In 2020 the vein treatment market size is expected to grow to by $100 million. Why are more people treating their vein problems?
The key driver for the increase in demand is the improvement of the treatment, and the financial backing investors giving to modern treatments. But unfortunately, many people are plagued by the old belief that once unsightly veins appear, there’s nothing you can do about them.
So do spider veins go away? Or are the new methods all hype? Here’s what you need to know.
Understanding Spider Veins
Spider veins are thin, branch-like veins that appear on the surface of the skin. Their appearance is often compared to a spider web, which gives them their charming name.
These veins are usually caused by damaged valves that cause blood backflow. This leads to clotting and a congregation near the surface of the skin. Spider veins do not impose a health risk, they can be a symptom of venous insufficiency.
Other types of problematic veins can be mistaken for spider veins too. These include dilated capillaries called Telangiectasias and Hemangiomas and angiomas.
The primary causes of spider veins are:
- Body fat percentage
- Hormonal balance
- Sitting and standing time
- Vein health
- Muscle stress
- Sun damage
Spider Veins vs. Varicose Veins
Spider veins and varicose veins aren’t the same things. Varicose veins and spider veins are noticeably different. Generally, varicose veins are noticeably different from spider veins by the naked eye.
Spider veins can look redder than varicose veins. They are also smaller and flatter and appear to be more thread-like web pattern.
Varicose veins protrude from the skin and are often rigid in texture. These types of veins are also usually more blue and purple. One of the biggest indicators of varicose veins is discomfort like itching or burning.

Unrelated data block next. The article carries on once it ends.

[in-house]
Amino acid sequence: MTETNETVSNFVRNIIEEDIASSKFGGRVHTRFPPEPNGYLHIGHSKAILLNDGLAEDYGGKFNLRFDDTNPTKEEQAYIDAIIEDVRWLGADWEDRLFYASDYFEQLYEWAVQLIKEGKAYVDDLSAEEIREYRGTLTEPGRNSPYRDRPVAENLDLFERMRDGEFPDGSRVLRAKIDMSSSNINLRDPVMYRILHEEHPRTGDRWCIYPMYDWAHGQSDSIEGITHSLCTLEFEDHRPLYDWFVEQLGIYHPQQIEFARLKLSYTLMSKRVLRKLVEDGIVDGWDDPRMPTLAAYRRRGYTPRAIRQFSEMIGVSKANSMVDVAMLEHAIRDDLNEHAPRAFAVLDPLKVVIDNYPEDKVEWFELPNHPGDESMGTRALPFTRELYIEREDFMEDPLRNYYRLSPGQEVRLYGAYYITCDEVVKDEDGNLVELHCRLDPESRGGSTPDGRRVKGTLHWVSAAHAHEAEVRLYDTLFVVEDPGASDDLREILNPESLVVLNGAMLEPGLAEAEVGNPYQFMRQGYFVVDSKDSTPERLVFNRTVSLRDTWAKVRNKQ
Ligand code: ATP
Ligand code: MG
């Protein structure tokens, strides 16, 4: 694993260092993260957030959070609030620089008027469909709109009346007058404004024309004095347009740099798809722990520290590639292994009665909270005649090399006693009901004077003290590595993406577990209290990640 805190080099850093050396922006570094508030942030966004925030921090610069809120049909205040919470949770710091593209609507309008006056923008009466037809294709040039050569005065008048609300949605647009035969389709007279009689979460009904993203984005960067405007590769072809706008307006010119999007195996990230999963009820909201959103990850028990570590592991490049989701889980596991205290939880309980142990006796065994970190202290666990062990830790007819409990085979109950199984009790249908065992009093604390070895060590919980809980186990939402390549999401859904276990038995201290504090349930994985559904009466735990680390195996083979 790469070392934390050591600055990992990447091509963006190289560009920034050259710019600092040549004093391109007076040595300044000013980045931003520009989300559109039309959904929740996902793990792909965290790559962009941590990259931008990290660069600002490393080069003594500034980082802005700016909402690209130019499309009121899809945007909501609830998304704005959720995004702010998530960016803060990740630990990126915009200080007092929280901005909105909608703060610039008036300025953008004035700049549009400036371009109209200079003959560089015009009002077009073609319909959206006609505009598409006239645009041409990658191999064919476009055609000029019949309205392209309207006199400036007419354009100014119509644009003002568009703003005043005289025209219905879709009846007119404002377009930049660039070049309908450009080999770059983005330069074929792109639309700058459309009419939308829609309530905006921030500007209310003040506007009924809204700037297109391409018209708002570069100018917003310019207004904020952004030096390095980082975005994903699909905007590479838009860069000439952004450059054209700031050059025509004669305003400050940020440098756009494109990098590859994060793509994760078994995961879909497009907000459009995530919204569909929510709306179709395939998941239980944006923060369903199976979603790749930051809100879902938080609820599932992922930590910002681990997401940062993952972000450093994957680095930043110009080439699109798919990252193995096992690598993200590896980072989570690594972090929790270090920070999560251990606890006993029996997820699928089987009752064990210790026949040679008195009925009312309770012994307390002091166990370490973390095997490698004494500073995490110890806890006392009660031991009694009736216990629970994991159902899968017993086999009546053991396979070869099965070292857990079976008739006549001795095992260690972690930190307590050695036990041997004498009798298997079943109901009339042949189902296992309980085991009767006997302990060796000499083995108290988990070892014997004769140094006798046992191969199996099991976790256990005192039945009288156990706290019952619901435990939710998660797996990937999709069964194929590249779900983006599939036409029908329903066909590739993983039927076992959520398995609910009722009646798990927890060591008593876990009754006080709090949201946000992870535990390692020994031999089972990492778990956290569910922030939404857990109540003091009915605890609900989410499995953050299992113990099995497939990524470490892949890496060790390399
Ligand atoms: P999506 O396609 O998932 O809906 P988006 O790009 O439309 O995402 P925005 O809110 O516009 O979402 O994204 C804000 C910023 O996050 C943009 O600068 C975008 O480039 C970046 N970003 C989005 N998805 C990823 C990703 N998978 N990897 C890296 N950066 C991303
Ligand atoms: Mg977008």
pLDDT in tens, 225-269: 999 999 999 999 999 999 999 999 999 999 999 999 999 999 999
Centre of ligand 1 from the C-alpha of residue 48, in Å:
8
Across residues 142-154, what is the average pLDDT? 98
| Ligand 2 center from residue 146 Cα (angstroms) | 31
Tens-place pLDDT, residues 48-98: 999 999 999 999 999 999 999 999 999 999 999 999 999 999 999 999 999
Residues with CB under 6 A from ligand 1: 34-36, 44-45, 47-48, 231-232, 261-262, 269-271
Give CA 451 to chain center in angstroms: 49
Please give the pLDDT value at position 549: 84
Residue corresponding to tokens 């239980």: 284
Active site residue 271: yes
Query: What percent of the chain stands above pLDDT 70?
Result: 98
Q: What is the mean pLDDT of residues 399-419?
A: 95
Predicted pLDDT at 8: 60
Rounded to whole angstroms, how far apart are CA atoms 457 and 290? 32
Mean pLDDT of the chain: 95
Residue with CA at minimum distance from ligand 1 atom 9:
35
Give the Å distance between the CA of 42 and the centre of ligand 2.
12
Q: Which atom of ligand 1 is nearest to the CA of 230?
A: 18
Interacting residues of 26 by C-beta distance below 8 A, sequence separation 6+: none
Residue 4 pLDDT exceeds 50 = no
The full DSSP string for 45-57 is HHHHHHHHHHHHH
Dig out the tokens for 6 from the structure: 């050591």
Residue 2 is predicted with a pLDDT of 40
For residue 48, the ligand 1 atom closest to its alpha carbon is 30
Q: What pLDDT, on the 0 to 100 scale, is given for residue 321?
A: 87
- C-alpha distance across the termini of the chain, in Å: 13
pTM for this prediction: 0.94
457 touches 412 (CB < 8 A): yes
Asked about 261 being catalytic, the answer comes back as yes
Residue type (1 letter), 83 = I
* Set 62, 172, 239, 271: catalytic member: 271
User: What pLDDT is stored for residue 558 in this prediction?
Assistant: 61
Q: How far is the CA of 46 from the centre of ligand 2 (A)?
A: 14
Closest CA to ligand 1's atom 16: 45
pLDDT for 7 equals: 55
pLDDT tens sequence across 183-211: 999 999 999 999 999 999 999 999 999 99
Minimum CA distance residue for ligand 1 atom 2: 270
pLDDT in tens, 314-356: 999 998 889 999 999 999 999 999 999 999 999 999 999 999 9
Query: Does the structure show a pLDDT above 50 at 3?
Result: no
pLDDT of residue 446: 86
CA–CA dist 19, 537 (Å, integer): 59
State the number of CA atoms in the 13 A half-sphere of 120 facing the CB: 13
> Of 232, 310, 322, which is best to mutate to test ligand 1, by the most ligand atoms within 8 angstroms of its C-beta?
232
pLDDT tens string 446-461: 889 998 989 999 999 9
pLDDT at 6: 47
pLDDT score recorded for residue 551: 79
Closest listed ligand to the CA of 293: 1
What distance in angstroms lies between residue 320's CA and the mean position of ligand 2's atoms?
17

Sometimes spider veins are a precursor to varicose veins, but not all the time. Because of their size and cause treatment for spider and varicose veins is not always the same.
So, Do Spider Veins Go Away?
There are many effective home remedies for the prevention of spider veins. But, unfortunately, there aren’t any treatments for remedying the problem after it’s bloomed. The good news is that spider veins are curable with a visit to the doctor’s office, here are the best spider vein treatments.
A minimally invasive microburst radiofrequency technology treatment for spider veins or networks of veins. Known for its precision, low risk of damaging surrounding vessels and safe for all skin types VeinGogh is growing in popularity.
VeinGogh was developed for spider veins, however it has been found as a successful treatment for cherry angiomas and rosacea.
This treatment uses a medical adhesive to close veins. The process is very similar to RFA and EVLT, the difference is that this procedure focuses on cutting off the vein by using a sealing glue instead of heat. VenaSeal can be a more comfortable treatment than RFA and EVLT, and usually requires less numbing medication, which makes the downtime even faster than RFA and EVLT (which is usually 24 hours). This also means there is usually less bruising after the treatment.
Medical Sclerotherapy Treatment (MST)
MST is one of the lowest maintenance approaches to spider vein treatment. This treatment involves a salt-based solution being injected into the problem vein. This solution causes the blood clot and the vein itself to collapse, causing it to seemingly disappear. There is virtually no downtime at all, and the procedure takes about 30 minutes.
According to one study, participants who received vein treatments over a five-year period valued the quality of life improvement the treatments gave them at $28,433.
Getting the Best Treatment for Spider Veins
So now that you’re done asking “do spider veins go away?” how do you seek out treatment? The key to a successful vein procedure, regardless of the treatment method, is precision.
Spider veins are usually one millimeter wide or smaller. With most removal processes being needle-based, it’s incredibly important that your health care provider gets the location right the first time.
Inexperienced doctors that do not specialize in vein treatment can inaccurately insert needles which can lead to infections, ulceration and permeant hyperpigmentation. Additionally, multiple pokes and injection sites can lead to more bruising and pain.
At the vein Institute of Pinellas, you’ll be in the hands of our vein specialist who is a member of the American College of Phlebology (the study of veins) and has over 10 years of experience treating venous insufficiency.
Have a question about vein treatment? We’re here to help. You can reach us by phone or email, just click here, and we’ll get in touch soon!